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..... ad been made to WSTL in the normal course of business to carry out the regular business activities for the benefit of the company. The corporate guarantees were also issued as part of its regular business activities to protect the company s interest, as otherwise, the business operations of both the companies would have been affected and WSI would have been prevented from executing its contracts with the ultimate customers from whom continuous contracts of national importance have been secured on a regular basis. Thus, both the advances and discharge of liabilities under the corporate guarantees were incurred in the normal course of business for carrying out its business obligations and are legitimately claimed as business loss as they were physically paid out to the bankers by way of cheque payments at the time of the respective settlements to them. In view of the above, the amount of Rs. 19,18,10,394 held as advance to WSTL in the books of WSI and written off during the financial year 2003-04 have been legitimately claimed as business losses of the company. 6. Upon consideration of the above, the Assessing Officer allowed the advance of Rs.6.11 lakhs to be written off. However, a .....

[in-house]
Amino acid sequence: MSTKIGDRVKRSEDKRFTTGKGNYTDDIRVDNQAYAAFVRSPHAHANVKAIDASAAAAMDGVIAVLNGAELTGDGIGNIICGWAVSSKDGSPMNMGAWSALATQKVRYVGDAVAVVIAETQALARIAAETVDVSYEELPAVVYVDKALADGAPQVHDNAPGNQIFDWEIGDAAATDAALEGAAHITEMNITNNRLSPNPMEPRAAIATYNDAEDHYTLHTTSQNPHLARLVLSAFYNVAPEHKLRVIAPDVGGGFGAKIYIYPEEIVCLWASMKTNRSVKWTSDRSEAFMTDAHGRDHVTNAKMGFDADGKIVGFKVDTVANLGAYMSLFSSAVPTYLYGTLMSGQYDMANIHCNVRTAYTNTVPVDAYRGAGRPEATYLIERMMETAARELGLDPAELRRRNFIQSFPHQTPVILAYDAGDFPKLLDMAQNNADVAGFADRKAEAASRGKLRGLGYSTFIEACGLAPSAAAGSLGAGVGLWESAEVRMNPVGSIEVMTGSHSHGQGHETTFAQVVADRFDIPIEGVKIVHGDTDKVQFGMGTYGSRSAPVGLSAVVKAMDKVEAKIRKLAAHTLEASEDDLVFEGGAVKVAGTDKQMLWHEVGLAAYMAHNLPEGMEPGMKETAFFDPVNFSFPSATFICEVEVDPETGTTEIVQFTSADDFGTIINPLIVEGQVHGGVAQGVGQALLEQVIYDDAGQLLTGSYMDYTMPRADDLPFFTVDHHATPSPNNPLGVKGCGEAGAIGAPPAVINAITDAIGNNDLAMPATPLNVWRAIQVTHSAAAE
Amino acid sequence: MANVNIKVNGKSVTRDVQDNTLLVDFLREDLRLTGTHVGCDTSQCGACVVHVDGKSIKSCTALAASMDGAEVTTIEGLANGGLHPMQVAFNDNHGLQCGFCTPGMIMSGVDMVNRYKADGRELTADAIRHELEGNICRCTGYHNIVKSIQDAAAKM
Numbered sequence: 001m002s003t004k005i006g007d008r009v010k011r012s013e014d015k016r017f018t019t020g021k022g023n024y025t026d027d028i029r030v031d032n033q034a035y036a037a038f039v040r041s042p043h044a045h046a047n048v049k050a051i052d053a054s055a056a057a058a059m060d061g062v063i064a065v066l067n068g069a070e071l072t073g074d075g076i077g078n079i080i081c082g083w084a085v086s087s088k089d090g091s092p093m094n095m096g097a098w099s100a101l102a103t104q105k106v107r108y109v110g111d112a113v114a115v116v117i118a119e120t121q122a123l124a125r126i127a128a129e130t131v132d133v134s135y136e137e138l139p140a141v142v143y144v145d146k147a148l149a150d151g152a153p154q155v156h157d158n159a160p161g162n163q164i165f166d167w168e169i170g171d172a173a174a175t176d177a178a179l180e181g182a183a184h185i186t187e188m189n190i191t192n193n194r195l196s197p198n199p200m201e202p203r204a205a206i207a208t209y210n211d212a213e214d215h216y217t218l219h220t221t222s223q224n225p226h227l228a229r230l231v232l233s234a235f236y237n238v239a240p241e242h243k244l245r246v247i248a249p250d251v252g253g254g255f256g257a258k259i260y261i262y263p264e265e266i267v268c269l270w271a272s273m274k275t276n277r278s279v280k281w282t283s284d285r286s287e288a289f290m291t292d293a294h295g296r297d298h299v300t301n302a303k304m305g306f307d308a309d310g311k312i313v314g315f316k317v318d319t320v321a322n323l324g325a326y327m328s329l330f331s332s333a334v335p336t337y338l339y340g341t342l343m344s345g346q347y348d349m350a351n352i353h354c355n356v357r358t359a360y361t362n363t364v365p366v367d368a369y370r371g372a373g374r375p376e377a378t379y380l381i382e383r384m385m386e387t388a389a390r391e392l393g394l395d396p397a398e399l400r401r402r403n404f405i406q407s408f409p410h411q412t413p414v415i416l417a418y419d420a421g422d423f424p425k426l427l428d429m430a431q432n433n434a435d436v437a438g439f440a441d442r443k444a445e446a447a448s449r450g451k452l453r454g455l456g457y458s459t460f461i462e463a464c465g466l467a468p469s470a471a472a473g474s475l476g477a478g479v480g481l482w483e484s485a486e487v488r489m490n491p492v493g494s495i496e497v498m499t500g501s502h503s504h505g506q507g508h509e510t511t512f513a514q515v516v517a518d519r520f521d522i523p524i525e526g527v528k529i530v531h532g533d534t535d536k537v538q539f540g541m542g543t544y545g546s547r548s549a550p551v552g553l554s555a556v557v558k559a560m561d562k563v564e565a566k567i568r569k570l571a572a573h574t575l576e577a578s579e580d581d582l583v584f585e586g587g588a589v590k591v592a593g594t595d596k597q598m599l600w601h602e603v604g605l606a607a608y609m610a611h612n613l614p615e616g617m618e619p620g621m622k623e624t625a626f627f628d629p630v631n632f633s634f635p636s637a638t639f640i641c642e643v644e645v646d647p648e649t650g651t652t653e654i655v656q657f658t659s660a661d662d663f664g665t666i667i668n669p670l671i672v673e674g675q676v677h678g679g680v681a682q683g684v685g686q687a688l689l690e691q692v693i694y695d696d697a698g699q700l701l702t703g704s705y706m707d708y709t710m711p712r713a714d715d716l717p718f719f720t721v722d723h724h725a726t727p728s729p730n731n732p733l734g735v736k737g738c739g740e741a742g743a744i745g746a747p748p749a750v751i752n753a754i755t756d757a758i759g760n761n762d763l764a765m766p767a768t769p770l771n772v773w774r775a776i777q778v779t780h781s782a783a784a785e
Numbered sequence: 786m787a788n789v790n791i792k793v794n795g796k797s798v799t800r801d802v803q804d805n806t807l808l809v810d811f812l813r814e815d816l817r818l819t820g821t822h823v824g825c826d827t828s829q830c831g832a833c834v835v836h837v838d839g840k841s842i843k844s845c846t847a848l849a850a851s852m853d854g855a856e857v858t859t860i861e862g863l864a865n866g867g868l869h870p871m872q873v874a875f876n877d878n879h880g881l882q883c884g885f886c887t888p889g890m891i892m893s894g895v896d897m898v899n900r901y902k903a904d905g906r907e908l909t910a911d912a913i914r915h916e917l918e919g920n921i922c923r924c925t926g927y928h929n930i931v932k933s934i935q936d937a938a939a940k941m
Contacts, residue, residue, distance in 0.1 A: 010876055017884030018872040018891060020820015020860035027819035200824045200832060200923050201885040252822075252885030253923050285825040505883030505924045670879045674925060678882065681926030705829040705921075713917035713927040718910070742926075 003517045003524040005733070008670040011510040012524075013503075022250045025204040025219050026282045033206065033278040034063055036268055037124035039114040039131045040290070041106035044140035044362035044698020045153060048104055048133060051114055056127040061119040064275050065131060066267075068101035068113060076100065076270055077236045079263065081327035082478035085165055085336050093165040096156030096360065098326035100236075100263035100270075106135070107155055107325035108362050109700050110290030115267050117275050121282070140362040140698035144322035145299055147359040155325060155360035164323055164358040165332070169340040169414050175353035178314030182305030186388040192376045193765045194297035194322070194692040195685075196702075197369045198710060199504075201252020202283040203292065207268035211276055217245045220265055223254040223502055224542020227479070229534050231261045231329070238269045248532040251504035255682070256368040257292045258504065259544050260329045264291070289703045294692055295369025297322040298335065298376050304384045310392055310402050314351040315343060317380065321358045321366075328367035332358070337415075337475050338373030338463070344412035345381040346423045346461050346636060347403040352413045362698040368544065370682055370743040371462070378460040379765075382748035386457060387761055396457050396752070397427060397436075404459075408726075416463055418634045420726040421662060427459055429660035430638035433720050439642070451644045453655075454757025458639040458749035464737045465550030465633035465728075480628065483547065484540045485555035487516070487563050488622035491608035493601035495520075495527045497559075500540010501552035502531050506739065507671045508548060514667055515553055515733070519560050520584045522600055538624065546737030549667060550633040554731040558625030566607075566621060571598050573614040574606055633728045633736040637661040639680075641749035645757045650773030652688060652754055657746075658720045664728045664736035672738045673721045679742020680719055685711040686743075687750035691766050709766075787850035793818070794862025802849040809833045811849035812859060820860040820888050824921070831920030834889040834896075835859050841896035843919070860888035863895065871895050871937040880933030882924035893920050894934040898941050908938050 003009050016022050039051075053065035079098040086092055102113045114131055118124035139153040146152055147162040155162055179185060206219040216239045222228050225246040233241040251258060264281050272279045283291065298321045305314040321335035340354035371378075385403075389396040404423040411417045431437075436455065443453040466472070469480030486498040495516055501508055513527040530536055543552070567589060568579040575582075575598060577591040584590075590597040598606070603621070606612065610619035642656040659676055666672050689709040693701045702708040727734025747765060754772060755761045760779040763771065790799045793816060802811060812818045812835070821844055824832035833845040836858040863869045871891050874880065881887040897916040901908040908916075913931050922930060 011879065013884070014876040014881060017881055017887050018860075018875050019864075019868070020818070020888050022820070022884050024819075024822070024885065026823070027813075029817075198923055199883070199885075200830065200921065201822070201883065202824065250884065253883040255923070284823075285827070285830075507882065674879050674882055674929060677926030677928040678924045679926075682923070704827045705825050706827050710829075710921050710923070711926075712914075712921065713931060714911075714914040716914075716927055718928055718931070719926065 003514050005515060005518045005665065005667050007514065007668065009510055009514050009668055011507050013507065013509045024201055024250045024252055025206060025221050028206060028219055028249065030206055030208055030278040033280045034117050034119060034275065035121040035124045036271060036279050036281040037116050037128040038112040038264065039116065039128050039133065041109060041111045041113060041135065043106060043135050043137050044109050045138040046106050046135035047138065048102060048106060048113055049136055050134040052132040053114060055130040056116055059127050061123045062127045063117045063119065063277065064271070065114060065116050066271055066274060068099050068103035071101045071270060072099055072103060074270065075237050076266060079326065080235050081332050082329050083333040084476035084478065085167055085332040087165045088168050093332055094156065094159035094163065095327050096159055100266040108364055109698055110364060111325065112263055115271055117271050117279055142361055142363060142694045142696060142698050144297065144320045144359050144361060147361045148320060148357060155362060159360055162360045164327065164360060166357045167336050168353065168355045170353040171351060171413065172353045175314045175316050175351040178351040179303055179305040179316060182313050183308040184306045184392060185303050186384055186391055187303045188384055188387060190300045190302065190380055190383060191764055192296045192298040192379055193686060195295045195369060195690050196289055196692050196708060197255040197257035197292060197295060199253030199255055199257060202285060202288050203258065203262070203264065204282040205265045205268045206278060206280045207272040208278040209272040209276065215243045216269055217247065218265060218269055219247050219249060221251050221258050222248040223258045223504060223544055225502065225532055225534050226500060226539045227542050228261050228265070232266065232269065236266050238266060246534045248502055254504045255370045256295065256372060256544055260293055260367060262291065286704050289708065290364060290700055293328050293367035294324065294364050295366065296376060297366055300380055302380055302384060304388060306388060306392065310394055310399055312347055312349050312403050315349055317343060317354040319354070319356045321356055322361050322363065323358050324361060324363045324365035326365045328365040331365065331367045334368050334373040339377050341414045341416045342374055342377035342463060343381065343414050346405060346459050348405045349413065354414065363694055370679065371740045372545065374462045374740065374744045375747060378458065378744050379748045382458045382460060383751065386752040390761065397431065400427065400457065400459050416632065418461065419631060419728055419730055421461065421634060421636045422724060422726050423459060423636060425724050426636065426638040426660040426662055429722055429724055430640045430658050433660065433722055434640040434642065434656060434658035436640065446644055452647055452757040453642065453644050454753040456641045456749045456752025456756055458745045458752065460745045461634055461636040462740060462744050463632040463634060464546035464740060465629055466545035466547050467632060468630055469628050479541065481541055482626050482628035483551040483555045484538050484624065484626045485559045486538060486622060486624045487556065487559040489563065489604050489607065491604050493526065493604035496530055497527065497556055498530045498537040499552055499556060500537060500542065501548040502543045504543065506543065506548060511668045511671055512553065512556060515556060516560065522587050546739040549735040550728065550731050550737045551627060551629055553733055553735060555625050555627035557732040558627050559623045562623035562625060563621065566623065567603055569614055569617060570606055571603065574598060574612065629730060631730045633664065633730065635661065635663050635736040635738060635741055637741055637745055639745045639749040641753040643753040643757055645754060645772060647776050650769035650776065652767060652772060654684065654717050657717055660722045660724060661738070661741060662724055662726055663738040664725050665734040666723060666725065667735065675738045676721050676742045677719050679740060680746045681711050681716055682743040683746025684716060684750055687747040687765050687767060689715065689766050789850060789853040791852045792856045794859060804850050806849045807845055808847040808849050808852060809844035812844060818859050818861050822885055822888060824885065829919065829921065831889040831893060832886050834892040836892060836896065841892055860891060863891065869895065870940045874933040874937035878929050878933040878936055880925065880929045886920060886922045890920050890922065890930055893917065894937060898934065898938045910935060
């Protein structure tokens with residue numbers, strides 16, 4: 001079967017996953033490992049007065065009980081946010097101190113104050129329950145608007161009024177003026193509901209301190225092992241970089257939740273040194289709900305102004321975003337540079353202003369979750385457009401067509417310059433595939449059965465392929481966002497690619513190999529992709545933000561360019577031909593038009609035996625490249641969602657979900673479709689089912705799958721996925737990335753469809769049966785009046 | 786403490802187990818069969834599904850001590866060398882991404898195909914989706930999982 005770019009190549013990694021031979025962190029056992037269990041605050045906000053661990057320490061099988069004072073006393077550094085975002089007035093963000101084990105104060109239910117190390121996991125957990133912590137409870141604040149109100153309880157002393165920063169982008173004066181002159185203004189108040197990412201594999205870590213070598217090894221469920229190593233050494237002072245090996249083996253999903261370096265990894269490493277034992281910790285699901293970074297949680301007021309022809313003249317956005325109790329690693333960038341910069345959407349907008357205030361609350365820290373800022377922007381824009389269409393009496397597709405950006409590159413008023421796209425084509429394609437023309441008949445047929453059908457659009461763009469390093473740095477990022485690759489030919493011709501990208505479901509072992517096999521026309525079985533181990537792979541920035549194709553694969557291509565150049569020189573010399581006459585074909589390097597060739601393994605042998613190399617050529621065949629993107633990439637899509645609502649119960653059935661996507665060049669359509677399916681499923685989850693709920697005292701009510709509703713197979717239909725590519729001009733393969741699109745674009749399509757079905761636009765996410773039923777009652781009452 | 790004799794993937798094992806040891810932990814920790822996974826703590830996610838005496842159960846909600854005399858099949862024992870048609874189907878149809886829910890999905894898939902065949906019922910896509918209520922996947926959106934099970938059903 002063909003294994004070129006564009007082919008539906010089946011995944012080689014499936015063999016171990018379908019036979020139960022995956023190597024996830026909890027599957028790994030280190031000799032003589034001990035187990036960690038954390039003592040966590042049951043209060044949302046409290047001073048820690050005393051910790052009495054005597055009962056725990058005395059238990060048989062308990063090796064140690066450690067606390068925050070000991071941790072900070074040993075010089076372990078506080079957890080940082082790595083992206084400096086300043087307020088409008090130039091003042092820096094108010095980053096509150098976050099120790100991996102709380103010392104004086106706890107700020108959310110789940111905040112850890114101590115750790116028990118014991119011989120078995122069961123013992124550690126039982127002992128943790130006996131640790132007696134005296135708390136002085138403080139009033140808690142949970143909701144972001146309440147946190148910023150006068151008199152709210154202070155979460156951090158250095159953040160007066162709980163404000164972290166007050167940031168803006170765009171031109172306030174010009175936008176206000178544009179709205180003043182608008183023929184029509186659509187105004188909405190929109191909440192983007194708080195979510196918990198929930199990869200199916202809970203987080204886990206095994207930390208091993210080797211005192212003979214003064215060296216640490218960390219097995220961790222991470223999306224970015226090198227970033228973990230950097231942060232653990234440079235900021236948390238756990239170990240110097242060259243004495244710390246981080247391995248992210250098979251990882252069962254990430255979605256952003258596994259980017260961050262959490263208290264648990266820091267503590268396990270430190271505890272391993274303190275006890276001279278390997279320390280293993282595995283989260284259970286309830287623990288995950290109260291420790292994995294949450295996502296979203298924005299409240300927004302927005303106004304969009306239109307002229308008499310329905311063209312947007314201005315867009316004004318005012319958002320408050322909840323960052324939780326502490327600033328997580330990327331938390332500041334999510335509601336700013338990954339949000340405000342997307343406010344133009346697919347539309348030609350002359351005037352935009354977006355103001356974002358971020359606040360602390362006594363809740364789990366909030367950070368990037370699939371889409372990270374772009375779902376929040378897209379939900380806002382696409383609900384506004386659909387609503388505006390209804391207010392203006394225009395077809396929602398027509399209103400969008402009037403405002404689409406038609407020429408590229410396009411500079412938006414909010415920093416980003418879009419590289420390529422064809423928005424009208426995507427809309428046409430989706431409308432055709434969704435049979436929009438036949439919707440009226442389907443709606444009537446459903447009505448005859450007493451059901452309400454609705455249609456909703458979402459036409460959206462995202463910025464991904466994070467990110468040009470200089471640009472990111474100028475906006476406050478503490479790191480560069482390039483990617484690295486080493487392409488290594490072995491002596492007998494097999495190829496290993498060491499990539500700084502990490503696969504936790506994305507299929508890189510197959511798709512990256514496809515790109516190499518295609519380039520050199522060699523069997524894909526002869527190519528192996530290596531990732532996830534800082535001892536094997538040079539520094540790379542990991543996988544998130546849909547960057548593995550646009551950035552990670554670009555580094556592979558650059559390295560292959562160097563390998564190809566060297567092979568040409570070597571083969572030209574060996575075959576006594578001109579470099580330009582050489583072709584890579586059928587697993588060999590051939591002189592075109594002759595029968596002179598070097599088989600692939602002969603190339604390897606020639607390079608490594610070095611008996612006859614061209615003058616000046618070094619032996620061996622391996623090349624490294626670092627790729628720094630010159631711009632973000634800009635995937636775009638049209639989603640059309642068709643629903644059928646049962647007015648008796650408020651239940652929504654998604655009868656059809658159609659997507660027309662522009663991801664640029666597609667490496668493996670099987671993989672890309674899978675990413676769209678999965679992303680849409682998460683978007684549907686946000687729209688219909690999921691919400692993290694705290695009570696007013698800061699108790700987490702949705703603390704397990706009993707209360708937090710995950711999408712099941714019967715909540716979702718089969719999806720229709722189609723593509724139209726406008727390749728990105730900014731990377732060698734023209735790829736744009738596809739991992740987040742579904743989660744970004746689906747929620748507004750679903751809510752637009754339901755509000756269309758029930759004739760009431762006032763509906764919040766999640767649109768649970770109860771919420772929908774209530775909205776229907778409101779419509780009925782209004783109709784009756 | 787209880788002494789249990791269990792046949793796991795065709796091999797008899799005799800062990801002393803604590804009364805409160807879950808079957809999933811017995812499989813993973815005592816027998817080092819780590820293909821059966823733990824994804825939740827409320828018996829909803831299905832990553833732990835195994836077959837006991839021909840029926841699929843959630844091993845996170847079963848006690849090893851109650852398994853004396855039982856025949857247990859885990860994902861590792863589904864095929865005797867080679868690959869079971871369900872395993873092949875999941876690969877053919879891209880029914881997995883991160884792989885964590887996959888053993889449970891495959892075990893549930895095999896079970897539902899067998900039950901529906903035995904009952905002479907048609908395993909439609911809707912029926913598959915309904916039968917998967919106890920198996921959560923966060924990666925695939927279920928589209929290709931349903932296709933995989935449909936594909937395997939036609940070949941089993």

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..... of corporate guarantees. 9. Against this order Revenue is in appeal before us. Following points have further been agitated by the Revenue:- The learned Commissioner of Income Tax (Appeals) failed to note that the Apex Court decision relied upon in the case of Amalgamations Ltd. (supra) is not applicable to the facts of this case inasmuch as in the said case there was clear finding that the business of the company included furnishing guarantees to debts borrowed by subsidiary company. Here, the assessee company s business does not include furnishing guarantees to subsidiaries (in the course of its business). The learned Commissioner of Income Tax (Appeals) ought to have appreciated that there is no evidence on record to show that the loss actually arose in the previous year as the payments were made in 2001-02 and unlike in the case of Amalgamations Ltd. there was no claim from the Liquidators. The learned Commissioner of Income Tax (Appeals) ought to have seen that the assessee has treated the loss as capital in its account by debiting the share premium account instead of debiting the profit and loss account as bad debts and treatment for tax purposes cannot be different. 10. We ha .....